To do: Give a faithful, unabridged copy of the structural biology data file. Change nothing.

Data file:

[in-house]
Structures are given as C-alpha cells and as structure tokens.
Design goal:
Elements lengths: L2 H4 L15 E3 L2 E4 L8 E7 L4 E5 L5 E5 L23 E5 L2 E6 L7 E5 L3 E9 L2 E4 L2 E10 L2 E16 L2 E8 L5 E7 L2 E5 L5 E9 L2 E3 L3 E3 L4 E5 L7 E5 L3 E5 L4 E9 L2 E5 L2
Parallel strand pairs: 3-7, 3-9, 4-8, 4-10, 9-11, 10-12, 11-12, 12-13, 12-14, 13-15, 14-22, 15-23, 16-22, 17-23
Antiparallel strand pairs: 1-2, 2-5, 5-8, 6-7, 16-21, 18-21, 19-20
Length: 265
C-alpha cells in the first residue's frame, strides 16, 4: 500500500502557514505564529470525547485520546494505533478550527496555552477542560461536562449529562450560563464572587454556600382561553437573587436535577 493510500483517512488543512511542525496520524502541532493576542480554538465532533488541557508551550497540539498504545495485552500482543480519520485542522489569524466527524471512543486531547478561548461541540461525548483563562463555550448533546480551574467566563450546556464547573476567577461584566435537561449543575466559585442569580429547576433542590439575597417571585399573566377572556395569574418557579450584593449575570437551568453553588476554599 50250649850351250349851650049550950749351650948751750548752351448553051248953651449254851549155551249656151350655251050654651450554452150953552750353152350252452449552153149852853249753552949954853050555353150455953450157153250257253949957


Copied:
[in-house]
Structures are given as C-alpha cells and as structure tokens.
Design goal:
Elements lengths: L2 H4 L15 E3 L2 E4 L8 E7 L4 E5 L5 E5 L23 E5 L2 E6 L7 E5 L3 E9 L2 E4 L2 E10 L2 E16 L2 E8 L5 E7 L2 E5 L5 E9 L2 E3 L3 E3 L4 E5 L7 E5 L3 E5 L4 E9 L2 E5 L2
Parallel strand pairs: 3-7, 3-9, 4-8, 4-10, 9-11, 10-12, 11-12, 12-13, 12-14, 13-15, 14-22, 15-23, 16-22, 17-23
Antiparallel strand pairs: 1-2, 2-5, 5-8, 6-7, 16-21, 18-21, 19-20
Length: 265
C-alpha cells in the first residue's frame, strides 16, 4: 500500500502557514505564529470525547485520546494505533478550527496555552477542560461536562449529562450560563464572587454556600382561553437573587436535577 493510500483517512488543512511542525496520524502541532493576542480554538465532533488541557508551550497540539498504545495485552500482543480519520485542522489569524466527524471512543486531547478561548461541540461525548483563562463555550448533546480551574467566563450546556464547573476567577461584566435537561449543575466559585442569580429547576433542590439575597417571585399573566377572556395569574418557579450584593449575570437551568453553588476554599 50250649850351250349851650049550950749351650948751750548752351448553051248953651449254851549155551249656151350655251050654651450554452150953552750353152350252452449552153149852853249753552949954853050555353150455953450157153250257253949957